• Avoid working with bent arms. You can discuss rotating jobs or changing workstations to reduce strain on the arms.
  • Jobs like typing often mean keeping your elbows at an angle for long periods, so taking breaks to stretch your arms can help prevent tennis elbow.
  • Don't use your lower arm more than the upper arm. If possible, spread the load to the upper shoulders, where the muscles are much stronger.
  • Use tools that won't increase the strain on the elbow. For instance, use a padded hammer to reduce shock to the arm. Similarly, don't grip tools too tightly as this increases tension on your wrists.

You can also integrate tennis elbow exercises into your fitness regimen to strengthen your muscles. Here are a few examples you can start with:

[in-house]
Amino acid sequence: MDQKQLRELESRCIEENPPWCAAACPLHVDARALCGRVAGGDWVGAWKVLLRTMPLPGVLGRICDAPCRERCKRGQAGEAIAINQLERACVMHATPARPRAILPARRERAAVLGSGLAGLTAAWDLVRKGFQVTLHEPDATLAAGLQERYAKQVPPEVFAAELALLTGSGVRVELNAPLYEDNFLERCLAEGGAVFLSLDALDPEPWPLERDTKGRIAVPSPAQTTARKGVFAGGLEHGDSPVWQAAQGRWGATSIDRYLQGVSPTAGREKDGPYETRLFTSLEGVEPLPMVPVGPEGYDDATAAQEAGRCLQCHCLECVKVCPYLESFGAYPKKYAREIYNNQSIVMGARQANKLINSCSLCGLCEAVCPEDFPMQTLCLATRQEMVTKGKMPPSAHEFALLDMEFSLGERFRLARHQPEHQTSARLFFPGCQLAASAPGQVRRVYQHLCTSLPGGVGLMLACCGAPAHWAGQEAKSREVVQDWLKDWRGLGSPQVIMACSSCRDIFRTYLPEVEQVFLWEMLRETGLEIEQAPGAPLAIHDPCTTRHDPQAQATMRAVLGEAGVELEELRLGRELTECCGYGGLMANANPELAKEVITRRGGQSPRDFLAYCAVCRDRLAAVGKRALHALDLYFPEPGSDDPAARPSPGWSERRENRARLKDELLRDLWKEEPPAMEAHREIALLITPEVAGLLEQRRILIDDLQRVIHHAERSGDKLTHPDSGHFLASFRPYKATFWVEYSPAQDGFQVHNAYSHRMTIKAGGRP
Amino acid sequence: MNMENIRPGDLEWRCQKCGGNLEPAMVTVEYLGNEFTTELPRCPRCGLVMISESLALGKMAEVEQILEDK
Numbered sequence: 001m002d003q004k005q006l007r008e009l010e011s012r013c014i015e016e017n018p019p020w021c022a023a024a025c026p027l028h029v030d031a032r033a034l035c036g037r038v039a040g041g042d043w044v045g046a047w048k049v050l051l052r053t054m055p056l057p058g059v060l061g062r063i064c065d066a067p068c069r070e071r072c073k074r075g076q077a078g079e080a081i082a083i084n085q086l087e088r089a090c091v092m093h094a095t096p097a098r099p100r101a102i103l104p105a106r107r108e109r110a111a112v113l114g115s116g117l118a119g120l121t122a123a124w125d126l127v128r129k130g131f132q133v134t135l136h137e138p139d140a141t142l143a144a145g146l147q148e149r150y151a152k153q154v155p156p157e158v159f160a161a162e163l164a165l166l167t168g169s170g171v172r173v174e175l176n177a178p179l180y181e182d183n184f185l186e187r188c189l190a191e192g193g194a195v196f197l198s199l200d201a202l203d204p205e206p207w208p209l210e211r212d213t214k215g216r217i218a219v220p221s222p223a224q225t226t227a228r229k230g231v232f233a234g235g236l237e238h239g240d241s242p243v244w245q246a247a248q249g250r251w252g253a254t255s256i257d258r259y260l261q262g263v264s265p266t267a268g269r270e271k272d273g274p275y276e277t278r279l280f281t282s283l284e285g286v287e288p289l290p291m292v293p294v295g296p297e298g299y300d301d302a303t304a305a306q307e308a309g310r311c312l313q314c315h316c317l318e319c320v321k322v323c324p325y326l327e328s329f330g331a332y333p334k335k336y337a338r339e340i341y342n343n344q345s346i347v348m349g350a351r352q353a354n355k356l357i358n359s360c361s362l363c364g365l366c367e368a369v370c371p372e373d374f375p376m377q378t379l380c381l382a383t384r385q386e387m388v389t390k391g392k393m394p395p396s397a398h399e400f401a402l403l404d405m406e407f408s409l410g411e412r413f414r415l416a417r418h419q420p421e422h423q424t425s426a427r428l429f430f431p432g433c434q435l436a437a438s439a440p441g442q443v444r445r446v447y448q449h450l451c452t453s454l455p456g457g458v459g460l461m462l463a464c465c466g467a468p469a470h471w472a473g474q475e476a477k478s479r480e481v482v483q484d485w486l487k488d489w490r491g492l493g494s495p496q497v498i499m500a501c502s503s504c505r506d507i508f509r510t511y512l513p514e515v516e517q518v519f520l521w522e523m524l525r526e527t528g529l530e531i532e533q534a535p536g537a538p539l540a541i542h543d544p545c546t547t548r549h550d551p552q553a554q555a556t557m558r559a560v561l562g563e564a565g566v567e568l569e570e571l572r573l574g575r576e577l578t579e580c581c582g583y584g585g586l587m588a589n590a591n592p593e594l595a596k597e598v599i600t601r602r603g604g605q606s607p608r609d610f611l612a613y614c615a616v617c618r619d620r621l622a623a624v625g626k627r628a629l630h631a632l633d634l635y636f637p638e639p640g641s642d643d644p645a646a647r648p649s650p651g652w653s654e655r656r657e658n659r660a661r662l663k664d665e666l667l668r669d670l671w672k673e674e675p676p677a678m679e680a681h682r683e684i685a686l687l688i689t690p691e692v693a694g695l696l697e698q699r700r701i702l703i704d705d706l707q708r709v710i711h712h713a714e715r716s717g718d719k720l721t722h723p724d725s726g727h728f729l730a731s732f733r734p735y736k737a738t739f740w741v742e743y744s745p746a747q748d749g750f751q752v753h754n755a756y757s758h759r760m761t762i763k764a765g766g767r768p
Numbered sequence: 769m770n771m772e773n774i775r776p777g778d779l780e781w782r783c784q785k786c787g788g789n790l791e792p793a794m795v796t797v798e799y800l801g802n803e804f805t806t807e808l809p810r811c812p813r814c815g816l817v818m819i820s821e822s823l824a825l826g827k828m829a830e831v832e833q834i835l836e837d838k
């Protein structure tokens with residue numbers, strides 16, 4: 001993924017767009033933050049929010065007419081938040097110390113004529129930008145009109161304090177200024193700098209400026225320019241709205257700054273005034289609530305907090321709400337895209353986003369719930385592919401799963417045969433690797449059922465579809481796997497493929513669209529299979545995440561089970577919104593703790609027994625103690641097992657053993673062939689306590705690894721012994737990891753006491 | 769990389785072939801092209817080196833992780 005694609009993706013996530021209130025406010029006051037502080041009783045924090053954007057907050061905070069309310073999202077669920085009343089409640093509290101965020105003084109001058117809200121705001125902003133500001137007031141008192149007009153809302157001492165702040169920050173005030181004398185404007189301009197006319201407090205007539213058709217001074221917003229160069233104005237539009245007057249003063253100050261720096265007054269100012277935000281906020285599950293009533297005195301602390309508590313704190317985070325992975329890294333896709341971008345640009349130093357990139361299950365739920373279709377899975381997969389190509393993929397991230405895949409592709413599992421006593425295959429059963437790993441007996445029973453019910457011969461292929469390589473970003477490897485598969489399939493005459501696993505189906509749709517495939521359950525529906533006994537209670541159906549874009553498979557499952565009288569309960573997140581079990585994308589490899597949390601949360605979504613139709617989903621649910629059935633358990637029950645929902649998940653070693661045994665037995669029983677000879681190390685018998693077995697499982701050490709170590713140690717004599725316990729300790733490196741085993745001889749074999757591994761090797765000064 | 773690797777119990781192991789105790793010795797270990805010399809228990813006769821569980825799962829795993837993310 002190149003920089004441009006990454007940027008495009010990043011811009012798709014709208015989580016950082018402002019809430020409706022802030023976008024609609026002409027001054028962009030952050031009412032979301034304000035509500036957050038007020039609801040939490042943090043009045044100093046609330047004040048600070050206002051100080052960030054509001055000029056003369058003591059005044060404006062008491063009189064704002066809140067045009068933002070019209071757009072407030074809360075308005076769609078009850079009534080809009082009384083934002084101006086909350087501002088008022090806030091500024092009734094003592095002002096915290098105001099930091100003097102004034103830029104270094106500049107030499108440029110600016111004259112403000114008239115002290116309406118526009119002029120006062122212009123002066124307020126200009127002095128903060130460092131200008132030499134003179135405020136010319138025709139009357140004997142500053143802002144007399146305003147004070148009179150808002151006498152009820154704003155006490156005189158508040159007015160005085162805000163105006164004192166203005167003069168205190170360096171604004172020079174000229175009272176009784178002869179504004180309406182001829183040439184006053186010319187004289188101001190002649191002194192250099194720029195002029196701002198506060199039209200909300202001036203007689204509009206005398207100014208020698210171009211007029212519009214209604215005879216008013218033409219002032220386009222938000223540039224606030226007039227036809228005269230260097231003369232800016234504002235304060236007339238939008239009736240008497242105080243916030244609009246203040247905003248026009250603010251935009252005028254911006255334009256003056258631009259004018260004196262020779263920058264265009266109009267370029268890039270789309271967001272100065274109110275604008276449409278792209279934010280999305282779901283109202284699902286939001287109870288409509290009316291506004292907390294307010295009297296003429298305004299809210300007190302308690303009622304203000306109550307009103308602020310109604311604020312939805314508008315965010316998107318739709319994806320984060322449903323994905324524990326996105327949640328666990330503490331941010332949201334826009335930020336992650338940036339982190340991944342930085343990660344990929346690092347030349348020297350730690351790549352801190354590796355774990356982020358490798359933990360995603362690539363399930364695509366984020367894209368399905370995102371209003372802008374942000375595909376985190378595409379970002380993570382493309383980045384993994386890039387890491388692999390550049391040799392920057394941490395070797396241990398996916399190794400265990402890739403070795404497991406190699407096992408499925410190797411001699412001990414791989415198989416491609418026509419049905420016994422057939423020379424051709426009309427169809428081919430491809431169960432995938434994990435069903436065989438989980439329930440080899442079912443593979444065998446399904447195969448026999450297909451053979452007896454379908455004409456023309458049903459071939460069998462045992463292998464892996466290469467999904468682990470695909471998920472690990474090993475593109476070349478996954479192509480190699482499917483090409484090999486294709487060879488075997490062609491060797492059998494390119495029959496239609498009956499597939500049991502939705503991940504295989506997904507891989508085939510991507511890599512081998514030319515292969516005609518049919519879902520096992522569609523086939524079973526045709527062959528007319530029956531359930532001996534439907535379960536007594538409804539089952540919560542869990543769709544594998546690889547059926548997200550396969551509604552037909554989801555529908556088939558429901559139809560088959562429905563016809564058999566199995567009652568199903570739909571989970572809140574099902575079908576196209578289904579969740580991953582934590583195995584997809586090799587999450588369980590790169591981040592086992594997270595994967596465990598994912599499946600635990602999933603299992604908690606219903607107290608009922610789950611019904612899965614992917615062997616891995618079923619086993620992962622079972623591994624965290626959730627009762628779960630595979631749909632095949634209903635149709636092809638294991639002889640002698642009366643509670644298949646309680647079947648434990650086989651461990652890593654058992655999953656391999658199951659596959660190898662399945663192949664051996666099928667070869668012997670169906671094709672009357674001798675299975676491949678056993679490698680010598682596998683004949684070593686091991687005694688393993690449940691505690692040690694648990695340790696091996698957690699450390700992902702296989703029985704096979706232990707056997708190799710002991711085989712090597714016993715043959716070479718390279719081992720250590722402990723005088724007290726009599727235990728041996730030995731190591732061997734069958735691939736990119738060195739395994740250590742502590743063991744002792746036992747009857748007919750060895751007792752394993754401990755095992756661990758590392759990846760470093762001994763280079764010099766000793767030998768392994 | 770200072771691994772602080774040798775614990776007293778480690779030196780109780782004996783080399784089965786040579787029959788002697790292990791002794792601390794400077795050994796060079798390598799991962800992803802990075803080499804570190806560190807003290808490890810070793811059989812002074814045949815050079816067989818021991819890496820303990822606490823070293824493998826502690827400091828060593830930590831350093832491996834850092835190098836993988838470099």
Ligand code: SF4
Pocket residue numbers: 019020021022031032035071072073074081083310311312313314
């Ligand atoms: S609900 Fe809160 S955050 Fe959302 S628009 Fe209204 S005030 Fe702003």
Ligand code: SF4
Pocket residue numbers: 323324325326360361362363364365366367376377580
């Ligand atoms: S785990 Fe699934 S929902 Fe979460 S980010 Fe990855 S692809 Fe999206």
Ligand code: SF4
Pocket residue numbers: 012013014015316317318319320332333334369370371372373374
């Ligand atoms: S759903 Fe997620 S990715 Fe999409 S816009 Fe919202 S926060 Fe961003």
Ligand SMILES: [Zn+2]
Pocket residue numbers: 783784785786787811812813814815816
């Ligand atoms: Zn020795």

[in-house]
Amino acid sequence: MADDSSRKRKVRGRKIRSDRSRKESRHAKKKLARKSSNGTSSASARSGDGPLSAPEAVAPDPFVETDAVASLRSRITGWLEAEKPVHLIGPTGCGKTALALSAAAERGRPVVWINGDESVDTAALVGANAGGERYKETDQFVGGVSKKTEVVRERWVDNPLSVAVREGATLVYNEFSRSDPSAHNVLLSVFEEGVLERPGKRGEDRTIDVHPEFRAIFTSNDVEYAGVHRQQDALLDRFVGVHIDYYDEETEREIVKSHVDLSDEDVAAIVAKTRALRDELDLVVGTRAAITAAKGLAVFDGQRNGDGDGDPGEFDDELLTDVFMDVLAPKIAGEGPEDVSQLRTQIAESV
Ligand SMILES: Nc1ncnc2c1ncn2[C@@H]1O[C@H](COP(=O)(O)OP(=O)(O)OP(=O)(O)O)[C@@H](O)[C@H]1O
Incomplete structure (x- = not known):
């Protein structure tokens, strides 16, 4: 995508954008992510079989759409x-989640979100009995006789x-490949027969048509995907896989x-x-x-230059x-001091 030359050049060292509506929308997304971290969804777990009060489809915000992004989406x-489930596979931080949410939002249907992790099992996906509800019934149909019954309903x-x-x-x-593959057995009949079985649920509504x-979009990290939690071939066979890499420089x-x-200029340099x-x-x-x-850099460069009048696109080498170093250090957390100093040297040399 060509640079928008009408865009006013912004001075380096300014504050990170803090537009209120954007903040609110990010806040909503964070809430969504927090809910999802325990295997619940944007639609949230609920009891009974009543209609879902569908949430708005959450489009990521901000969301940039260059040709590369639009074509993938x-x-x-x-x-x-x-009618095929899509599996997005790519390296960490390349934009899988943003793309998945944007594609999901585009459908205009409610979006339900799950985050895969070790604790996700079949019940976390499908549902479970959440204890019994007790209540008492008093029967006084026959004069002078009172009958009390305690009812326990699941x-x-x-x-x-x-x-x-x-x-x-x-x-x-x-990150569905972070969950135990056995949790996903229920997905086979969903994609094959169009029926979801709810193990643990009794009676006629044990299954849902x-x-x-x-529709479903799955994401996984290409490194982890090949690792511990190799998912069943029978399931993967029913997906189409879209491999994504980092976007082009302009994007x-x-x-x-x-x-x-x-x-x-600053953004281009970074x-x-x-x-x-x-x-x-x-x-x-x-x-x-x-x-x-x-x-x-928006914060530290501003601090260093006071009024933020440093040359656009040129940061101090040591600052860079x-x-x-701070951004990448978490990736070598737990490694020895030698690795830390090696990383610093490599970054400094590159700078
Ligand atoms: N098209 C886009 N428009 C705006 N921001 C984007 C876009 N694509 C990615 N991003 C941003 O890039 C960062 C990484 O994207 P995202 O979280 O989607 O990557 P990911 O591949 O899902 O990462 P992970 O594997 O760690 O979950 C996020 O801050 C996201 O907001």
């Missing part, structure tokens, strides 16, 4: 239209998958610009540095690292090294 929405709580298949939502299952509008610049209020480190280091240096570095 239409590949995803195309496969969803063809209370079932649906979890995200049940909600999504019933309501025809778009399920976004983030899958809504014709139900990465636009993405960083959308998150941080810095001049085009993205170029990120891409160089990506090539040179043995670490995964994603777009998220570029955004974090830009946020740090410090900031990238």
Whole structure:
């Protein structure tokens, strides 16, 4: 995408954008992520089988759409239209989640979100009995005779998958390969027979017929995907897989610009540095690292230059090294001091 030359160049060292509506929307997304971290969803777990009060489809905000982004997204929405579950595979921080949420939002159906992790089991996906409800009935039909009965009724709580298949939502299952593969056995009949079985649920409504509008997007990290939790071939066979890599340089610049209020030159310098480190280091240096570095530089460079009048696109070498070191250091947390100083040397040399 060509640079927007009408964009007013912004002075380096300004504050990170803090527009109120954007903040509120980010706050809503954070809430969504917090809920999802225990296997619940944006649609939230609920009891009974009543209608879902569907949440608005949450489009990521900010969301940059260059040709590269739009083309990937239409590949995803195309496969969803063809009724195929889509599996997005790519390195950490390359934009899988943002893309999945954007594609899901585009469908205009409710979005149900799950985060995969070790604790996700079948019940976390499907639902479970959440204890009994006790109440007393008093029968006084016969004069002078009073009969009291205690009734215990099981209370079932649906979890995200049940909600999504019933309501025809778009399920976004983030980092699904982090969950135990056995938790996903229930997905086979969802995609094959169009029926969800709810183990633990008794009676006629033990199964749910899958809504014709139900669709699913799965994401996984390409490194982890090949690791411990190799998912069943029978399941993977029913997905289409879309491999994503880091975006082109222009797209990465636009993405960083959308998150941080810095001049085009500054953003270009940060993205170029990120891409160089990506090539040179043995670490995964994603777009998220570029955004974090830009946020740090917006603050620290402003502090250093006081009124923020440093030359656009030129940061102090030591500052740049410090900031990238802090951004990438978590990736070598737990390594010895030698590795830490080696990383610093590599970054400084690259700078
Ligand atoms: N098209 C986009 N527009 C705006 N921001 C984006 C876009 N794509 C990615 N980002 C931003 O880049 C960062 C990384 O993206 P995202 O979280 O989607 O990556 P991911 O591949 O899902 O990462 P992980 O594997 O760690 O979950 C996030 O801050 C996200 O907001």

• Finger stretch
  • Wrist flexor stretch
  • Extensor strengthening

There is much more you can do to prevent tennis elbow. Even simply avoiding repeated bad hand movements can help.

 

What is the best treatment for tennis elbow

 

Generally, tennis elbow heals on its own, of course, if you stop doing what caused it. Ninety percent (90%) of cases typically resolve in 6-24 months without any medication and depending on the severity of the condition. 

 

Cold compress

 

Simple treatments like a cold compress against the elbow for a few minutes daily work fine for mild pain. Your GP may also prescribe topical NSAIDs to apply to the affected elbow. 

These are often preferred over anti-inflammatory tablets because they reduce pain and inflammation without any side effects.

 

Physiotherapy